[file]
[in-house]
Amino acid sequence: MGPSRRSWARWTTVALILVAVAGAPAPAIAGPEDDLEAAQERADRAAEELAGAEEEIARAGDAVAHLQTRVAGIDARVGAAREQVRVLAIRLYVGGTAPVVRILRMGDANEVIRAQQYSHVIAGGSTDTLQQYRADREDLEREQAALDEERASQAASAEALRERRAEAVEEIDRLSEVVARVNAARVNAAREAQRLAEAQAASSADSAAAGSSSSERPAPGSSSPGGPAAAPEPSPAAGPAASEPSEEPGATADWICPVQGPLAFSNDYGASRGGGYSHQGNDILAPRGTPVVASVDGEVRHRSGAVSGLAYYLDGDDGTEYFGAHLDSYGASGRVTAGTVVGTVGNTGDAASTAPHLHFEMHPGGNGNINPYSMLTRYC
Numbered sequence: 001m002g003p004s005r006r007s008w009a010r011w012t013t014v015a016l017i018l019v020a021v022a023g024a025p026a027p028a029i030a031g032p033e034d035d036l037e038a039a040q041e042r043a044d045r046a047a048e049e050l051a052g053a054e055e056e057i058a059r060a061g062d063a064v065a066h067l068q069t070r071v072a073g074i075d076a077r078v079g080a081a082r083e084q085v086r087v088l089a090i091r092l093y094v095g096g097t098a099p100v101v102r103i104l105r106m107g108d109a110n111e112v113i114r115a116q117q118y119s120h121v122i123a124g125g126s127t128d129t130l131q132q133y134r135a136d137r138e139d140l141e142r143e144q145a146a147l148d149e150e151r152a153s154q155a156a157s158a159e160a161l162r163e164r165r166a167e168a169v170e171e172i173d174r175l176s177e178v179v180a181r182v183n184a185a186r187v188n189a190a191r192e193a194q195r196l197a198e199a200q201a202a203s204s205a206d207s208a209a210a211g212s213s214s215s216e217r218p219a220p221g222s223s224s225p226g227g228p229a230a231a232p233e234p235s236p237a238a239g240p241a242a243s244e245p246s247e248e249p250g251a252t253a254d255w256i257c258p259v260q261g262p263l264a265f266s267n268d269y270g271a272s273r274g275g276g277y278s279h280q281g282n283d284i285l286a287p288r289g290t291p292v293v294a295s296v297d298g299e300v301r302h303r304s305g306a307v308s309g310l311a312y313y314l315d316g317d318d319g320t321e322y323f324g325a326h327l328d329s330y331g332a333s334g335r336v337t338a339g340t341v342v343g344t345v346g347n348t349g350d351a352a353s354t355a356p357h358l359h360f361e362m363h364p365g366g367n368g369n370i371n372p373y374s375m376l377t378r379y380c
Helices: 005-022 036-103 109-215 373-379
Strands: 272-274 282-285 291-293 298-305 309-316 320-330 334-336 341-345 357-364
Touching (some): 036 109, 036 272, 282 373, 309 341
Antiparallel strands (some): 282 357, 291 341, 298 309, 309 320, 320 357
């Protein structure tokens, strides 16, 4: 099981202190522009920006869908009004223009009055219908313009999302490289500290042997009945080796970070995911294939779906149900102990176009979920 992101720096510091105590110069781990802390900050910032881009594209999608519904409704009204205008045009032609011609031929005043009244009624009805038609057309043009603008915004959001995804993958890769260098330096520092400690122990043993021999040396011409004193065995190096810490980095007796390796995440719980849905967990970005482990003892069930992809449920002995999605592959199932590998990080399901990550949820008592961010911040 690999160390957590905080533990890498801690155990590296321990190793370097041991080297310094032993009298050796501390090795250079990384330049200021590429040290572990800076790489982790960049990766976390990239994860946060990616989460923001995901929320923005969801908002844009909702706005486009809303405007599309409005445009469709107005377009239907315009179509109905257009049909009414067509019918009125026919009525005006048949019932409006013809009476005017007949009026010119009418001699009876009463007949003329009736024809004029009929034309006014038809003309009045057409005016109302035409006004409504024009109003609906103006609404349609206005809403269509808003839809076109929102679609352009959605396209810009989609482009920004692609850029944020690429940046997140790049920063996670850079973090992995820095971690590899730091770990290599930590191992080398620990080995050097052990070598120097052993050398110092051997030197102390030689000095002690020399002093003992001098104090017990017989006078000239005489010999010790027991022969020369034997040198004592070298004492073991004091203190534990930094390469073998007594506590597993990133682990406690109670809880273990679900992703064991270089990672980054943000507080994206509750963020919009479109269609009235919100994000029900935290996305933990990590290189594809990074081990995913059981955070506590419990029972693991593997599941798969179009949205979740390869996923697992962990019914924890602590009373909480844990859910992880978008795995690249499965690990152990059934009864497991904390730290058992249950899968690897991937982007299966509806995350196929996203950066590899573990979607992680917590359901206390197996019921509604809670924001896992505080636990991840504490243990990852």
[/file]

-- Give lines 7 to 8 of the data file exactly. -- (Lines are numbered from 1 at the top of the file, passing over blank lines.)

Antiparallel strands (some): 282 357, 291 341, 298 309, 309 320, 320 357
């Protein structure tokens, strides 16, 4: 099981202190522009920006869908009004223009009055219908313009999302490289500290042997009945080796970070995911294939779906149900102990176009979920 992101720096510091105590110069781990802390900050910032881009594209999608519904409704009204205008045009032609011609031929005043009244009624009805038609057309043009603008915004959001995804993958890769260098330096520092400690122990043993021999040396011409004193065995190096810490980095007796390796995440719980849905967990970005482990003892069930992809449920002995999605592959199932590998990080399901990550949820008592961010911040 690999160390957590905080533990890498801690155990590296321990190793370097041991080297310094032993009298050796501390090795250079990384330049200021590429040290572990800076790489982790960049990766976390990239994860946060990616989460923001995901929320923005969801908002844009909702706005486009809303405007599309409005445009469709107005377009239907315009179509109905257009049909009414067509019918009125026919009525005006048949019932409006013809009476005017007949009026010119009418001699009876009463007949003329009736024809004029009929034309006014038809003309009045057409005016109302035409006004409504024009109003609906103006609404349609206005809403269509808003839809076109929102679609352009959605396209810009989609482009920004692609850029944020690429940046997140790049920063996670850079973090992995820095971690590899730091770990290599930590191992080398620990080995050097052990070598120097052993050398110092051997030197102390030689000095002690020399002093003992001098104090017990017989006078000239005489010999010790027991022969020369034997040198004592070298004492073991004091203190534990930094390469073998007594506590597993990133682990406690109670809880273990679900992703064991270089990672980054943000507080994206509750963020919009479109269609009235919100994000029900935290996305933990990590290189594809990074081990995913059981955070506590419990029972693991593997599941798969179009949205979740390869996923697992962990019914924890602590009373909480844990859910992880978008795995690249499965690990152990059934009864497991904390730290058992249950899968690897991937982007299966509806995350196929996203950066590899573990979607992680917590359901206390197996019921509604809670924001896992505080636990991840504490243990990852």